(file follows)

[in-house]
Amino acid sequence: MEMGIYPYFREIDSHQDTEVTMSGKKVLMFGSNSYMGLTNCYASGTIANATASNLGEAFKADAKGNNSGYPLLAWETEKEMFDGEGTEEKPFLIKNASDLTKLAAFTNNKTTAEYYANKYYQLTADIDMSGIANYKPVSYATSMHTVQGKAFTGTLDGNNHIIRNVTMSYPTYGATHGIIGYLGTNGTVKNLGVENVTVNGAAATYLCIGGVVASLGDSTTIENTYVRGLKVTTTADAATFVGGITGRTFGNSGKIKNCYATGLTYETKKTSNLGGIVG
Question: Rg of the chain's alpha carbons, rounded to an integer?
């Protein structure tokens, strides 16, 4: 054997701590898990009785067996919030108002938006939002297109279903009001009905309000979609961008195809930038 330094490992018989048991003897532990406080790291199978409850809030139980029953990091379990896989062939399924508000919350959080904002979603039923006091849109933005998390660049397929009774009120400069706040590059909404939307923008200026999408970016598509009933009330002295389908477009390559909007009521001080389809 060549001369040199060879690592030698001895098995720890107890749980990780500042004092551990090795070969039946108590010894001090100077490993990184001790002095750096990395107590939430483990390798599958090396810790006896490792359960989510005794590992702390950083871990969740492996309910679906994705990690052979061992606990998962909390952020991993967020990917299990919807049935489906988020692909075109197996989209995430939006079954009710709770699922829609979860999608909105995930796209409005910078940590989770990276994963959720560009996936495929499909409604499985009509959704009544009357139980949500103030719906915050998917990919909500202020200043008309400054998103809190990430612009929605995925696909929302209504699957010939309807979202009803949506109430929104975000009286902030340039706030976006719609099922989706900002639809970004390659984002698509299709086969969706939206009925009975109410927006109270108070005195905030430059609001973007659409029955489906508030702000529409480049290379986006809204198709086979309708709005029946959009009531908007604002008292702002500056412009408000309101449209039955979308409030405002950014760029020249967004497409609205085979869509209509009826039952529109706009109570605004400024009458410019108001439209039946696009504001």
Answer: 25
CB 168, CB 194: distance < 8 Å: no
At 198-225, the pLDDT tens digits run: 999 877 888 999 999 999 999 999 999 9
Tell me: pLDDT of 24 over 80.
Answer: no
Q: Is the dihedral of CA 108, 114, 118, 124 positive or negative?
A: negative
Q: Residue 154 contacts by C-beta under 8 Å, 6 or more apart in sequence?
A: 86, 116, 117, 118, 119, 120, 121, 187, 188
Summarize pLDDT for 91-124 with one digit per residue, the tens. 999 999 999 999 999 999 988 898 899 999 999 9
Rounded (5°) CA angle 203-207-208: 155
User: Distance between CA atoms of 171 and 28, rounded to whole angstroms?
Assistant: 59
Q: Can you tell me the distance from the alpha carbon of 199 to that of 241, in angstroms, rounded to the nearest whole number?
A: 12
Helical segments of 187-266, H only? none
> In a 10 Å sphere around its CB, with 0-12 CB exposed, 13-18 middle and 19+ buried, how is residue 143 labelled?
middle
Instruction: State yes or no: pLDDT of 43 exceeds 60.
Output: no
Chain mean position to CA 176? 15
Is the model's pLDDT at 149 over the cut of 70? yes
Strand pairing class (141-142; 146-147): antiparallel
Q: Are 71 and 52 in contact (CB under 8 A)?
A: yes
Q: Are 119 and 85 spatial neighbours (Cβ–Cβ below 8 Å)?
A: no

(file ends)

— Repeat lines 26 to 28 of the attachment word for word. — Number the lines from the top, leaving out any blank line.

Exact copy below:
Is the model's pLDDT at 149 over the cut of 70? yes
Strand pairing class (141-142; 146-147): antiparallel
Q: Are 71 and 52 in contact (CB under 8 A)?